You can usually find out your blood type when you donate blood, or you can ask your doctor to test you. Dr. Peter D’Adamo, author of Eat Right 4 Your Type, emphasizes that when you begin to eat this way, “the most important area to focus on is incorporating more beneficial foods into your diet.” For example, if you’re Type O, add eggs to your breakfast. If you’re Type A or B, add brown rice to your lunch. Then notice how your body responds. If you make a few changes and feel exhausted during dance class, then back off a bit. There are many possible outcomes and no diet works for everyone. But if you notice improvements, then keep at it!


Did you know that where you come from matters? Where your family has lived for generations has dictated what foods have been available to you—and has therefore influenced your genes. And if you have immediate relatives who migrated, you are probably eating foods that don’t match your genetic makeup. For example, if your family comes from Northern Europe, they’re probably used to meat, potatoes and heavy sauces. A Mediterranean diet is lighter, with fish, nuts, whole grains and lots of olive oil. If your family is originally from Central America, your ancestors probably ate a diet heavy in rice, beans and tropical fruits and vegetables.

Rachel Siegel, a NYC-based holistic health counselor who specializes in helping people discover their eating roots, explains that “when people try the food their ancestors ate they usually love it, and often end up craving it regularly.”

It’s important to find out more about your ancestry, no matter how far back you have to go. Talk to your family, or study your parents’ last names. But don’t get too carried away—your French ancestors may have eaten dairy at every meal, but that doesn’t mean you have to! Learning about your ancestors will be a lesson in your history—and the history of your digestive tract.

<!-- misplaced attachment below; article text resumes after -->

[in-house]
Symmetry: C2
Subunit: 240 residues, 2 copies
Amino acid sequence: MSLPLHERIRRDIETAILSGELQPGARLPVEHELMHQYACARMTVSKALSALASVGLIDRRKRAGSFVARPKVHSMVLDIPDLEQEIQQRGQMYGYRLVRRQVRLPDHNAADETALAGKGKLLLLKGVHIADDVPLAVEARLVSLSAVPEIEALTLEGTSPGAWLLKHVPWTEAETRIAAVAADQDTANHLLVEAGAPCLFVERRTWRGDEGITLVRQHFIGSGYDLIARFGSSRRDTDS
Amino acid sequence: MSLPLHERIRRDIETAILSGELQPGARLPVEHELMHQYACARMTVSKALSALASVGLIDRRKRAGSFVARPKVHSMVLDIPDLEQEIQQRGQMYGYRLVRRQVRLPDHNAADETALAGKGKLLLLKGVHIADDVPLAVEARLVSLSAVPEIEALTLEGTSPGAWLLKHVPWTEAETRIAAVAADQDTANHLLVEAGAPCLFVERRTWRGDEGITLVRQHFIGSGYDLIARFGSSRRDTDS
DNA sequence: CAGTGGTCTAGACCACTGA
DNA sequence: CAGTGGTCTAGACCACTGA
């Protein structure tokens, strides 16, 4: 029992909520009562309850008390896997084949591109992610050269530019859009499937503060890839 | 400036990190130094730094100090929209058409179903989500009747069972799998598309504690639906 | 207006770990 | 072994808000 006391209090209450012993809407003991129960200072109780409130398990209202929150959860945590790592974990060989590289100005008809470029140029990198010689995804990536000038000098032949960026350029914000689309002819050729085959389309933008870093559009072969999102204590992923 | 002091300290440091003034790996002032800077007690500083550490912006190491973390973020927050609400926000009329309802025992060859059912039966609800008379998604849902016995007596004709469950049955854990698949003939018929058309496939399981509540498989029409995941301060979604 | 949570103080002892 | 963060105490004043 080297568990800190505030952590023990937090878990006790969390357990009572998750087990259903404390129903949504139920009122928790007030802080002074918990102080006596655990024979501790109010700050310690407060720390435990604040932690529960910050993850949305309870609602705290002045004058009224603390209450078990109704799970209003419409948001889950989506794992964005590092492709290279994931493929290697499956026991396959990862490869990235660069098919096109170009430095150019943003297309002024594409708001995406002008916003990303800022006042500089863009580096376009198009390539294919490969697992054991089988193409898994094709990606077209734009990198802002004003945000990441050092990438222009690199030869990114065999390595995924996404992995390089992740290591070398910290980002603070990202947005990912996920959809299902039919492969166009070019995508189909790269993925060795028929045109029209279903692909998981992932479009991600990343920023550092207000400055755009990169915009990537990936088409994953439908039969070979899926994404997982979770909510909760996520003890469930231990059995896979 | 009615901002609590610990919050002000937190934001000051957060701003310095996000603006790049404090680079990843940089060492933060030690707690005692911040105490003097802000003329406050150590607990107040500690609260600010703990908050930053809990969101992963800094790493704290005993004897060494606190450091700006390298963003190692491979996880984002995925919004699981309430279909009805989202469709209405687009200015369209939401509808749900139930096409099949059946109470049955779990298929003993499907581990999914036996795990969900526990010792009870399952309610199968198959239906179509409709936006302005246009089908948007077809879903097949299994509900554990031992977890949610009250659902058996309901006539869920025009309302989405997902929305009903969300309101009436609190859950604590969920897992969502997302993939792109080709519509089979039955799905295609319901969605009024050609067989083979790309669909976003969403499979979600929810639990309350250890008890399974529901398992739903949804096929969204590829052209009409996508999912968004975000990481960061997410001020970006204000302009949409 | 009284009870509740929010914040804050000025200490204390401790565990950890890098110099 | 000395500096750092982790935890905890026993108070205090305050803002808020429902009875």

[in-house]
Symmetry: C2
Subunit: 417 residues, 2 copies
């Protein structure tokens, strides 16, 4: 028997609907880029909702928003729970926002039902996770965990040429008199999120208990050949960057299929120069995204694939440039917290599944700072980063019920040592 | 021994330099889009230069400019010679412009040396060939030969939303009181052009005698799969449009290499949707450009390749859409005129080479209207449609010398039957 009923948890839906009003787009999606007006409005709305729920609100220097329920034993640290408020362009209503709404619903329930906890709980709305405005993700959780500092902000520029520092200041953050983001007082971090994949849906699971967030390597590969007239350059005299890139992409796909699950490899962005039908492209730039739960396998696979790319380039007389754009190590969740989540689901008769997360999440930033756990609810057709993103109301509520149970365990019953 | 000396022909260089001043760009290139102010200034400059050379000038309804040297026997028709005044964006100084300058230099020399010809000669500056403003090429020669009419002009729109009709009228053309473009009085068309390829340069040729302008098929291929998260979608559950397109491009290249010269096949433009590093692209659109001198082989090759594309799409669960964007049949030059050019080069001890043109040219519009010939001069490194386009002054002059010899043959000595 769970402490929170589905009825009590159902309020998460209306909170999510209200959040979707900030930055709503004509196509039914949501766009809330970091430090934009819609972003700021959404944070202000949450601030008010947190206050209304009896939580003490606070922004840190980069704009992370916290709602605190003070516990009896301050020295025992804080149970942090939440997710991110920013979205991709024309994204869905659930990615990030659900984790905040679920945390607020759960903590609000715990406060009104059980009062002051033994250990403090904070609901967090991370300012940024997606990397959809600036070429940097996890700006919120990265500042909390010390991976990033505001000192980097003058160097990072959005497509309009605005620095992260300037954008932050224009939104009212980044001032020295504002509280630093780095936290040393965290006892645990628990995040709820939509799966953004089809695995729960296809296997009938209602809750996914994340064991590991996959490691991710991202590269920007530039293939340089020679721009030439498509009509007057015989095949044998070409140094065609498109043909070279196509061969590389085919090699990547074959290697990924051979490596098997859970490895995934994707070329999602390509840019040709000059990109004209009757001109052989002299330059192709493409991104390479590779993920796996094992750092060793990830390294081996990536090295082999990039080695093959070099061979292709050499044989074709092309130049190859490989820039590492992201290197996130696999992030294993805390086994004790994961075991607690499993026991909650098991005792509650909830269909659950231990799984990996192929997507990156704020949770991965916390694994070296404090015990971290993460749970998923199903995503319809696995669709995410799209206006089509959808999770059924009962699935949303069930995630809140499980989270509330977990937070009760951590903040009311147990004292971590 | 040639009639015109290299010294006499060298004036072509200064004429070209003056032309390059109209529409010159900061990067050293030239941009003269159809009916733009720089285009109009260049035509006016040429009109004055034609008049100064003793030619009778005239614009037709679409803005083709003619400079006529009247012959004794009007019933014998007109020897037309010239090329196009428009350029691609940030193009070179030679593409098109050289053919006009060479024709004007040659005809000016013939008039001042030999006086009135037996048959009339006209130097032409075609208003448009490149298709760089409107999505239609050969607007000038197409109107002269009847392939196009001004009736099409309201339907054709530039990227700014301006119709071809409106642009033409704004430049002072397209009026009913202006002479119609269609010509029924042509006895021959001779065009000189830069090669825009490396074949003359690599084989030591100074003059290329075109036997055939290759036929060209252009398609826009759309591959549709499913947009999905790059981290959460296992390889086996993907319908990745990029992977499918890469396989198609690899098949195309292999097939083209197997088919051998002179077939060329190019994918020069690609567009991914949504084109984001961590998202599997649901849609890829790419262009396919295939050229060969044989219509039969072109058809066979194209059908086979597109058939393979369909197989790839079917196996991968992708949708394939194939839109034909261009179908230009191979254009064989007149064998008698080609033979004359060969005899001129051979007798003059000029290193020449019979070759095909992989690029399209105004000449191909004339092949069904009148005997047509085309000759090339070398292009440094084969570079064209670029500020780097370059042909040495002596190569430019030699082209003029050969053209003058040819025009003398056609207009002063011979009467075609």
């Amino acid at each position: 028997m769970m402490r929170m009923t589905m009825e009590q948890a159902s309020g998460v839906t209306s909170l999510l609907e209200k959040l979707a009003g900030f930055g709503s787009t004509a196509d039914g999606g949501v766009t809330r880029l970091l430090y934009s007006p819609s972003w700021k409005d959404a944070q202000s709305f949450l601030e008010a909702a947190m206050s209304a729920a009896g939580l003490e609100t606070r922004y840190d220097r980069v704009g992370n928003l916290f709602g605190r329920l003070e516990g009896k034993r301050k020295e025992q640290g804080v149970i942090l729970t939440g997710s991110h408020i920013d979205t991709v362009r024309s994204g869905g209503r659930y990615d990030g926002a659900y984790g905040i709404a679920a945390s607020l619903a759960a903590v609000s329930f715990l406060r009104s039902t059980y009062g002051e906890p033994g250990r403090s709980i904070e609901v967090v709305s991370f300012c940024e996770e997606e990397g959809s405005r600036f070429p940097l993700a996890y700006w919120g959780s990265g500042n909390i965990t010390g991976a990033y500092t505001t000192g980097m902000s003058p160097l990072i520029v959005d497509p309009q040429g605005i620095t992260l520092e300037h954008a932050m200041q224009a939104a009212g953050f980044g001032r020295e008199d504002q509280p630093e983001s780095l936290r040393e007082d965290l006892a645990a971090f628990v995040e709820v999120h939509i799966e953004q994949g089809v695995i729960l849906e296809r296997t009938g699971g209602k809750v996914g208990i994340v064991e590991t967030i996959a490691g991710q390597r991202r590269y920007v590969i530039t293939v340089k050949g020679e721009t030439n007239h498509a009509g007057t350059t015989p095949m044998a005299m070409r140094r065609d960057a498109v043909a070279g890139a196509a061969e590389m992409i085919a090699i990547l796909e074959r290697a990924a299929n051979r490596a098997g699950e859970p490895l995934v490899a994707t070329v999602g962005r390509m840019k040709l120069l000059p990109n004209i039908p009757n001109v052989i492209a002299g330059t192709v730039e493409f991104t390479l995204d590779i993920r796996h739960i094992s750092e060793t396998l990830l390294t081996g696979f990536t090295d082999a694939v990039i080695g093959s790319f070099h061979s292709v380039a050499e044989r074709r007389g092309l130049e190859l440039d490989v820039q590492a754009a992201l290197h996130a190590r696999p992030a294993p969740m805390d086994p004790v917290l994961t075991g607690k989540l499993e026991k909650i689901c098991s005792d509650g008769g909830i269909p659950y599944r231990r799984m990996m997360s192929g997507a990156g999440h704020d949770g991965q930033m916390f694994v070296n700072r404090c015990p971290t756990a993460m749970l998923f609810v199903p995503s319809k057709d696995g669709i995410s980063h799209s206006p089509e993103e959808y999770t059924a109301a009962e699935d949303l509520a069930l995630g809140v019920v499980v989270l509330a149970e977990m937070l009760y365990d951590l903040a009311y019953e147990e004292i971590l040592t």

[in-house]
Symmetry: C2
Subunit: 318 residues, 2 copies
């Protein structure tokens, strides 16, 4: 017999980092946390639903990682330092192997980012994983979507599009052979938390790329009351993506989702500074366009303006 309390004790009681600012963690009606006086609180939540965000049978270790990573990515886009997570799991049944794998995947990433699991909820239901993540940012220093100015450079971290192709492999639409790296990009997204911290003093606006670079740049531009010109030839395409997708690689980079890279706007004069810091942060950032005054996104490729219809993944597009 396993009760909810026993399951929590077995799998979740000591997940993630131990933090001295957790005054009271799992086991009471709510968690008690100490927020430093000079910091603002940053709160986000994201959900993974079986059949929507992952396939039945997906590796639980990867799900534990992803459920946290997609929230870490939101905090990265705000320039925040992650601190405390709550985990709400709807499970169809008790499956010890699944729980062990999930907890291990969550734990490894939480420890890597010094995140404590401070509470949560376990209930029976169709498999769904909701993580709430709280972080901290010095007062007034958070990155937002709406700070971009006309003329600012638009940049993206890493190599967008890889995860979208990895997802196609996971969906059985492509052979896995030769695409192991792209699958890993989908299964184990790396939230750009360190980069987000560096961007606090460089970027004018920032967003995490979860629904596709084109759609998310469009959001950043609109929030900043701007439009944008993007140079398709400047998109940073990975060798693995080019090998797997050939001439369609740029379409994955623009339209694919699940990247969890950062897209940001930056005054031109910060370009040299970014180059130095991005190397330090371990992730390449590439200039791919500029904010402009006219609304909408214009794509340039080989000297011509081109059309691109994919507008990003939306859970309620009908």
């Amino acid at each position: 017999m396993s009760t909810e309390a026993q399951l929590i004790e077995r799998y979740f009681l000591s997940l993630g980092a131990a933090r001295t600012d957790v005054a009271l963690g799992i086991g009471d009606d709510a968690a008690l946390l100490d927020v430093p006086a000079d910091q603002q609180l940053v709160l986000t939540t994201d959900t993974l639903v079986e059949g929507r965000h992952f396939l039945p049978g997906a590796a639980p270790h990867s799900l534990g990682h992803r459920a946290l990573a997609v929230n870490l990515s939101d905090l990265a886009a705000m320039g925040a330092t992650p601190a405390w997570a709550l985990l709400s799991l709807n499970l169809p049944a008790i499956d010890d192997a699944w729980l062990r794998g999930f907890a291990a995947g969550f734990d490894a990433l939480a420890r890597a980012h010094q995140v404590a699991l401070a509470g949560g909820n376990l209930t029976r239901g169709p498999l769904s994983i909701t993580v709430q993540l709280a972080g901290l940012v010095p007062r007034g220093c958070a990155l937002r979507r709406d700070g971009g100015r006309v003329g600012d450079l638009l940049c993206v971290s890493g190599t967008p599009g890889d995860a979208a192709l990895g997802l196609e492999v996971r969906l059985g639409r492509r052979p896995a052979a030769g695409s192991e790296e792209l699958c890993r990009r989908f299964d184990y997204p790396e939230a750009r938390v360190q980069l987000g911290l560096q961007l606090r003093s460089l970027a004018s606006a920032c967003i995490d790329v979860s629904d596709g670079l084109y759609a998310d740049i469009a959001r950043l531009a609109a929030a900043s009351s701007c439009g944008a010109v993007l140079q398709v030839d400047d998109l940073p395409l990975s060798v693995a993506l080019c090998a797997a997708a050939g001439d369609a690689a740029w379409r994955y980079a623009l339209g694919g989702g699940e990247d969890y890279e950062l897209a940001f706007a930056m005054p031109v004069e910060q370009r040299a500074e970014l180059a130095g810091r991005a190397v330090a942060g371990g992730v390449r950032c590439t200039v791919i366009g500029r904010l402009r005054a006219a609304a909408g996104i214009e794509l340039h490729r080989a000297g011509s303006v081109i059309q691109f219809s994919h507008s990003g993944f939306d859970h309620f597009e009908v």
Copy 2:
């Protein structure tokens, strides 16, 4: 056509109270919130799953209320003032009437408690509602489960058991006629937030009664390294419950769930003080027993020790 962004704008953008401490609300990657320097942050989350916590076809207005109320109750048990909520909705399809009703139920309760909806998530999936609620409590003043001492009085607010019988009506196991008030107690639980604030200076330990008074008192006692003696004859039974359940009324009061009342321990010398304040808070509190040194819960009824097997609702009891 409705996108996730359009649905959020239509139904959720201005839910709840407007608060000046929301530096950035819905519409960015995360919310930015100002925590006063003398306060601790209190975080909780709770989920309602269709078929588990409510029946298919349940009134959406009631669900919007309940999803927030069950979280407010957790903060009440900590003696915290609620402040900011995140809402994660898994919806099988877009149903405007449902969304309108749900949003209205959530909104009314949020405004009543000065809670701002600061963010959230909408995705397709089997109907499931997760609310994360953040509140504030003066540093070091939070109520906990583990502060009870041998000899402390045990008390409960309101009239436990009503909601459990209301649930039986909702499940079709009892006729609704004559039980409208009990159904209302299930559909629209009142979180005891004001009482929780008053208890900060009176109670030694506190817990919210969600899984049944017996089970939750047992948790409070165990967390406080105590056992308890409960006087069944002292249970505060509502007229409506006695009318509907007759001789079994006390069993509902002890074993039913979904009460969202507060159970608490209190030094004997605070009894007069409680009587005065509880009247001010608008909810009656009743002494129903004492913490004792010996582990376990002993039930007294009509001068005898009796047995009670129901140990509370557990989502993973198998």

Metabolic type–specific foods to add to your diet:

Protein Type:
apples, artichokes, asparagus, avocados, bananas, beans, beef, carrots, cauliflower, celery, corn, eggs, full-fat cheese, lentils, milk, mushrooms, nuts, olives, pears, peas, potatoes, seafood, seeds, spinach, squash, yogurt

Carbohydrate Type:
brown rice, catfish, chicken and turkey (lighter, easier-to-digest meats), cod, corn, grapes, greens, low-fat dairy, mangoes, melons, onions, peas, peppers, pumpkins, root vegetables, squash, sweet potatoes, tomatoes, turnips, wild rice, yams

Mixed Type:
a combination of both

Beneficial foods unique to each Blood Type:

Type O:
beef, blueberries, cherries, collard greens, guavas, kelp, liver, mangoes, parsnips, seaweed, sweet potatoes, veal

Type A:
alfalfa sprouts, aloe, apricots, berries, buckwheat, fava beans, green/snap/string beans, leeks, limes, mushrooms, soba, soy products, whitefish

Type B:
bananas, beets, brussels sprouts, cabbage, goat, papaya, peppers

Type AB:
chestnuts, grouper, kiwi, lentils, pinto beans, rice, soybeans, tempeh, tofu, tuna

Foods specific to your Ancestry:

Central and South America:
avocados, bananas, plantains, white cheese, yucca

almonds, cabbage, dark breads, figs, grapes, lettuce, olives, pickled vegetables

Middle East and North Africa:
chickpeas, couscous, halloumi cheese, sour pickles, tahini

Sub-Saharan Africa:
cassava, collards, millet, peaches, solanum, sorghum

barley, bok choy, buckwheat, ginger, kefir, sea vegetables, soy

North America:
berries, chestnuts, maple syrup, pecans, turkey, walnuts


Adina Grigore is a dancer, health counselor and personal trainer living in NYC. She runs a website offering free nutrition and training advice at growhealthywithsprout.com.


Photo: Erin Baiano; hair and makeup by Tonya Noland